For Such a Time as This
“If you keep silent at this time, relief and deliverance will rise for the Jews from another place, but you and your father’s house will perish. And who knows whether you have not come to the kingdom for such a time as this?” (Est. 4:14).- Esther 3–4
As we saw yesterday, Esther and Mordecai were not perfect saints. Like Daniel, they lived in a foreign land, but unlike him, they cared little to be known as God’s holy people (Dan. 1–6). Mordecai actually told Esther to hide her Jewish heritage, and she complied (Est. 2:10). The author does not tell us the motives for such secrecy. Perhaps it was easier to advance in that society if you were easily identifiable as a Persian? Maybe their lives would be threatened if others knew they were Jewish? Could it be that they had abandoned their faith altogether at the time? We do not know the answer.
Mordecai’s ambiguous motives again appear in today’s passage. Why does he refuse to obey Ahasuerus and bow to Haman (3:1–6)? After all, Scripture orders us to honor our leaders as long as they do not ask us to disobey God’s law. Mordecai, then, could be rejecting the king’s order out of pride. Or, it is possible Mordecai does not care to imitate saints like Joseph and Nehemiah and submit to earthly rulers (Gen. 41:37–45; Neh. 2:1–8), thereby revealing a lack of faith. Maybe Mordecai knows Haman would hate him no matter what he did, and thus he rebuffs the king’s official? Again his reasons are unclear.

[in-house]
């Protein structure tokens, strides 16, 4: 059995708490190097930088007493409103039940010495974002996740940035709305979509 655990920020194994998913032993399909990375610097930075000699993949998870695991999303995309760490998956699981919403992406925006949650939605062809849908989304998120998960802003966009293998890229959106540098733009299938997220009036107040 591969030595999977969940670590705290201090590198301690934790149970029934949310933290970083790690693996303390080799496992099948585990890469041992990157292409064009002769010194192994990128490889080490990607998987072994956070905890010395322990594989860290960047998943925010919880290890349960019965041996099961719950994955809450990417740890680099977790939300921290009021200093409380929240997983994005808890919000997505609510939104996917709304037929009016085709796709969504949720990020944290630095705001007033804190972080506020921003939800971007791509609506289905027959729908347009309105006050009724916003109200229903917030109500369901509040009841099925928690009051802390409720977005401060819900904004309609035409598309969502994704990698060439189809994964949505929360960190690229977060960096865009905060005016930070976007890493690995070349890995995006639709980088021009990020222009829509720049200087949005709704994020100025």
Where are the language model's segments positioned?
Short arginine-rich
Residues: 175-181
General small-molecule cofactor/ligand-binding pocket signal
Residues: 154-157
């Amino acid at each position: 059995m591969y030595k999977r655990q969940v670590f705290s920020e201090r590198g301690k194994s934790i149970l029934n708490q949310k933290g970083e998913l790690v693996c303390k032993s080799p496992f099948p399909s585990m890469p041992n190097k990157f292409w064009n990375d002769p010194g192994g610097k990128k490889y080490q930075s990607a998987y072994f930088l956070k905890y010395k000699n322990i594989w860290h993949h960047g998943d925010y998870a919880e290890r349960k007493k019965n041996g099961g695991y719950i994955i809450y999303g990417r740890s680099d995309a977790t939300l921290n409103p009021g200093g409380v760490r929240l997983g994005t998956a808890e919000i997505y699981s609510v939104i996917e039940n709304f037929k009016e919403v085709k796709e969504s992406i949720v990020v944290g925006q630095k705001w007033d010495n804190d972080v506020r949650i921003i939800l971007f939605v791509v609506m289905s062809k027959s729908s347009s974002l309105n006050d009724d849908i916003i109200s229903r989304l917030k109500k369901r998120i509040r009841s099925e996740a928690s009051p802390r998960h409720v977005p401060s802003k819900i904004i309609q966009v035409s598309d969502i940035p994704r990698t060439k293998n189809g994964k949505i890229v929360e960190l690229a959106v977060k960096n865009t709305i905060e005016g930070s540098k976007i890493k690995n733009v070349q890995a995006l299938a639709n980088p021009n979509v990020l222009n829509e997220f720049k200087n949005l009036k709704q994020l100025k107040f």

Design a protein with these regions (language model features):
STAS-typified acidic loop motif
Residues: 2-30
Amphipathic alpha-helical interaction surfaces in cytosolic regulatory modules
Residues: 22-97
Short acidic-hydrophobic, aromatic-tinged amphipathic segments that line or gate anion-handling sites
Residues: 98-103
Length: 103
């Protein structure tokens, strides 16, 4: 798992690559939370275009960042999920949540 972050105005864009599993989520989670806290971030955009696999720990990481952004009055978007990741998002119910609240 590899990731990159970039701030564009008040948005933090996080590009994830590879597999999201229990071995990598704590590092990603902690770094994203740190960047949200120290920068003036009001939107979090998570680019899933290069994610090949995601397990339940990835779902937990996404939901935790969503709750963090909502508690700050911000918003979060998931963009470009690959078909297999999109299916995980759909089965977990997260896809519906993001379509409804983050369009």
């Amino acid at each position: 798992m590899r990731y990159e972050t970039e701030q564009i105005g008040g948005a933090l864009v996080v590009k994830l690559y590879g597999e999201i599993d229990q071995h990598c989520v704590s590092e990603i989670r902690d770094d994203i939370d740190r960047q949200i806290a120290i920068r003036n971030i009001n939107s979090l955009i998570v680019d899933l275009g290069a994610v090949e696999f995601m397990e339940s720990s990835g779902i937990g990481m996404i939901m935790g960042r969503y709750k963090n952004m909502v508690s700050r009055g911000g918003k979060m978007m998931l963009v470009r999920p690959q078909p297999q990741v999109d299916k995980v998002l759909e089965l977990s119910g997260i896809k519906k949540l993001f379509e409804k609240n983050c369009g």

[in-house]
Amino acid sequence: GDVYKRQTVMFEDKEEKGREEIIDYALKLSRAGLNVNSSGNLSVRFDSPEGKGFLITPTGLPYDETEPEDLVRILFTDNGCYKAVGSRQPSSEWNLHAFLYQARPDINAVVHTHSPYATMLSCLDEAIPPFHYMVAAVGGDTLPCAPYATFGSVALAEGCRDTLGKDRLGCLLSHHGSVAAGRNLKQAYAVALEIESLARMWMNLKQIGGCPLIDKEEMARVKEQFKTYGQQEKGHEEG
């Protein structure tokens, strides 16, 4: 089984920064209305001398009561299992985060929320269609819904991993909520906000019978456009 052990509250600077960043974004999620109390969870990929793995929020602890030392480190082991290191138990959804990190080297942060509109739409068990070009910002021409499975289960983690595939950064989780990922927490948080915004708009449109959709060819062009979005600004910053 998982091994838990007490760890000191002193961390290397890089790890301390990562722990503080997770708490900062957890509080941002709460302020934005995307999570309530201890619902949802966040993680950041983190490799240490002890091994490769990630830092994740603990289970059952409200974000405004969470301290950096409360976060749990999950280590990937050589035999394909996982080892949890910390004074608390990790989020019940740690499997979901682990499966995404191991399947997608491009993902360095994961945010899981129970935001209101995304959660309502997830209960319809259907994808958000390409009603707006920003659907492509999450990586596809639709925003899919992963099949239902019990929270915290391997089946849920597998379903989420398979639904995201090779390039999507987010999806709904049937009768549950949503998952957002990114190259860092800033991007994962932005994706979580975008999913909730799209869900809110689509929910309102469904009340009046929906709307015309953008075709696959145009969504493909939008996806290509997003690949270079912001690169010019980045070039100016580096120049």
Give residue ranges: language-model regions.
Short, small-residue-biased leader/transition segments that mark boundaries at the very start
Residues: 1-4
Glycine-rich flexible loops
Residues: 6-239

All too often, we are just like Esther and Mordecai. We also seek status and authority out of conflicting motives, one of which might be a desire to serve God — if we are feeling particularly holy that day. Still, our Creator can use our sinful inclinations to place us in positions of influence, though He never approves of our wickedness.
This is what happened with Mordecai and Esther, and just as He did with them, we too can be sure the Lord will also wake us from our spiritual stupor to serve the kingdom. Esther put her life on the line to save her brethren, not knowing if her plan would succeed or if she would survive (Est. 4:1–5:2). She had to rely on God’s hidden providence, trusting that He had allowed her, despite any ungodly motives, to ascend the throne in her day to save His people (4:14). Despite the way Esther claimed the throne, she desired to save her people once Haman’s threat awakened her to what was right. And she had to do so without being sure of her own fate (v. 16).
Mordecai’s confession, “Who knows?” in Esther 4:14 is one all believers must make at one time or another. The Lord’s hand is usually invisible to us, and when we take a step of faith we are not certain whether we will succeed — even if the step we are taking is a godly one. Nevertheless, we must trust God and do what His Word tells us is right even if we have been put into places of decision due to impure motives or ambiguous circumstances.
Passages for Further Study
2 Sam. 12:15b–23
Permissions: You are permitted and encouraged to reproduce and distribute this material in any format provided that you do not alter the wording in any way, you do not charge a fee beyond the cost of reproduction, and you do not make more than 500 physical copies. For web posting, a link to this document on our website is preferred (where applicable). If no such link exists, simply link to www.ligonier.org.
Please include the following statement on any distributed copy: From Ligonier Ministries, the teaching fellowship of R.C. Sproul. All rights reserved. Website: www.ligonier.org | Phone: 1-800-435-4343